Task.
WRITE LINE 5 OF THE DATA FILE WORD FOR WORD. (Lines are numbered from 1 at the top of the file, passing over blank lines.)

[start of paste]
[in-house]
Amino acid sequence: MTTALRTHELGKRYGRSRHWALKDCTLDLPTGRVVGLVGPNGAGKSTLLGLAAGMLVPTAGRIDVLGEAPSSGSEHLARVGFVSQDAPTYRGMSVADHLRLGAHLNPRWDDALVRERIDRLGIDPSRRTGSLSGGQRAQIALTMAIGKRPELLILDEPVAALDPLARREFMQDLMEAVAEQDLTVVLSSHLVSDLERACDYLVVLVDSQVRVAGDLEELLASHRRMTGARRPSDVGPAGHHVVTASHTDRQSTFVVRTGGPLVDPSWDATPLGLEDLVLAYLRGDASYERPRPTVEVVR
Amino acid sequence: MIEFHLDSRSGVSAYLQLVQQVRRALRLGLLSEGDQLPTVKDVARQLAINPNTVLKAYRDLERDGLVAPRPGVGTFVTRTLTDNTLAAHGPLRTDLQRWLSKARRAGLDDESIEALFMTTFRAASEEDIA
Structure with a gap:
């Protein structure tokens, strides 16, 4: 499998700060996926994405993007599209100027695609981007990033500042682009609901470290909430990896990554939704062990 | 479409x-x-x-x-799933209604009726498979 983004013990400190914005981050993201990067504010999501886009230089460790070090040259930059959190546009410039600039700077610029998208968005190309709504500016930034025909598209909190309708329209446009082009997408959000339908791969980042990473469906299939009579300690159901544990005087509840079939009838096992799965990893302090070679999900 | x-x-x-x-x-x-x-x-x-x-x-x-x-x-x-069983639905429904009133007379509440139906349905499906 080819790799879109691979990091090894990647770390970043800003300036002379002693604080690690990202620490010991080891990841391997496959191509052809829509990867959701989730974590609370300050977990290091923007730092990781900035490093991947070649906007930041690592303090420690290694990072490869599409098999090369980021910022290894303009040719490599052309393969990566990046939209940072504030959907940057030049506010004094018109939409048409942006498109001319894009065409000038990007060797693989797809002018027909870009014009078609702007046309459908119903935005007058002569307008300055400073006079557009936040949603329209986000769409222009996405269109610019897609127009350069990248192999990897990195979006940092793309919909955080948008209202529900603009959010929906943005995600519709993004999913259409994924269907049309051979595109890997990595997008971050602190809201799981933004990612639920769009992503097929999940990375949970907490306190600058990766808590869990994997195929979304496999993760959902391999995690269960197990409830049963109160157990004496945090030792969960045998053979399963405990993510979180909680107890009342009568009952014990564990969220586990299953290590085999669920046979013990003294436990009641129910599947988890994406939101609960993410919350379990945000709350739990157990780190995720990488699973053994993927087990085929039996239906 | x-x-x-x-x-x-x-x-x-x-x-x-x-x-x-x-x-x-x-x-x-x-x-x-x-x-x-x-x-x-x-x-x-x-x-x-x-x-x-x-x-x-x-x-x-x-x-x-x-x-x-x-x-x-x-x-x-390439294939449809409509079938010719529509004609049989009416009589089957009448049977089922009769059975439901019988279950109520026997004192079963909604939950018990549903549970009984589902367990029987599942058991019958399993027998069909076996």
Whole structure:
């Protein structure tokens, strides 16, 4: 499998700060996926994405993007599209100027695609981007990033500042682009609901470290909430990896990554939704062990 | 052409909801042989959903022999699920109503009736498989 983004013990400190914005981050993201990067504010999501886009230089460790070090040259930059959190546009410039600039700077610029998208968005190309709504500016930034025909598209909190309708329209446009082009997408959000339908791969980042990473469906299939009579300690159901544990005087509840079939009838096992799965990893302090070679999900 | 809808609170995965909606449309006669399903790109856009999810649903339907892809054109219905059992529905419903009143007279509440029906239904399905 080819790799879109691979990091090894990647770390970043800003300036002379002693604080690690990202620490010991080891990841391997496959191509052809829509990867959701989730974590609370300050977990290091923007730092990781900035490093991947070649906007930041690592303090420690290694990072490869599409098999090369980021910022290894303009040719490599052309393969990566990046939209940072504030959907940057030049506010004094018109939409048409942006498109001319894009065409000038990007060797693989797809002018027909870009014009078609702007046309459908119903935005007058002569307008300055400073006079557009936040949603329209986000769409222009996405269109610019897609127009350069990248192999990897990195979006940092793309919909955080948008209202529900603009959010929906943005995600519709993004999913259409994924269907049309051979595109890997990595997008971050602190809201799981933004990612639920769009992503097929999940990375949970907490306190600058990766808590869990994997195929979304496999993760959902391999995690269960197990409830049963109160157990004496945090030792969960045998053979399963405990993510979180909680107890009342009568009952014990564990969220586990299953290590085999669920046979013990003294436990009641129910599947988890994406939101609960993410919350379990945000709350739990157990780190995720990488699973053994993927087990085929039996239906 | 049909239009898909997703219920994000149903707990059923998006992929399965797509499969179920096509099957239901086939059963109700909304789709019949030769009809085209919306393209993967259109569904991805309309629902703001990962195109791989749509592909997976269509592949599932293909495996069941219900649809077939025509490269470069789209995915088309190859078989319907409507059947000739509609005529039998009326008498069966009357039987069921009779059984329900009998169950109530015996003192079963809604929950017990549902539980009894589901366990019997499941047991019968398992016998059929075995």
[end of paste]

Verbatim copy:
């Protein structure tokens, strides 16, 4: 499998700060996926994405993007599209100027695609981007990033500042682009609901470290909430990896990554939704062990 | 479409x-x-x-x-799933209604009726498979 983004013990400190914005981050993201990067504010999501886009230089460790070090040259930059959190546009410039600039700077610029998208968005190309709504500016930034025909598209909190309708329209446009082009997408959000339908791969980042990473469906299939009579300690159901544990005087509840079939009838096992799965990893302090070679999900 | x-x-x-x-x-x-x-x-x-x-x-x-x-x-x-069983639905429904009133007379509440139906349905499906 080819790799879109691979990091090894990647770390970043800003300036002379002693604080690690990202620490010991080891990841391997496959191509052809829509990867959701989730974590609370300050977990290091923007730092990781900035490093991947070649906007930041690592303090420690290694990072490869599409098999090369980021910022290894303009040719490599052309393969990566990046939209940072504030959907940057030049506010004094018109939409048409942006498109001319894009065409000038990007060797693989797809002018027909870009014009078609702007046309459908119903935005007058002569307008300055400073006079557009936040949603329209986000769409222009996405269109610019897609127009350069990248192999990897990195979006940092793309919909955080948008209202529900603009959010929906943005995600519709993004999913259409994924269907049309051979595109890997990595997008971050602190809201799981933004990612639920769009992503097929999940990375949970907490306190600058990766808590869990994997195929979304496999993760959902391999995690269960197990409830049963109160157990004496945090030792969960045998053979399963405990993510979180909680107890009342009568009952014990564990969220586990299953290590085999669920046979013990003294436990009641129910599947988890994406939101609960993410919350379990945000709350739990157990780190995720990488699973053994993927087990085929039996239906 | x-x-x-x-x-x-x-x-x-x-x-x-x-x-x-x-x-x-x-x-x-x-x-x-x-x-x-x-x-x-x-x-x-x-x-x-x-x-x-x-x-x-x-x-x-x-x-x-x-x-x-x-x-x-x-x-x-390439294939449809409509079938010719529509004609049989009416009589089957009448049977089922009769059975439901019988279950109520026997004192079963909604939950018990549903549970009984589902367990029987599942058991019958399993027998069909076996």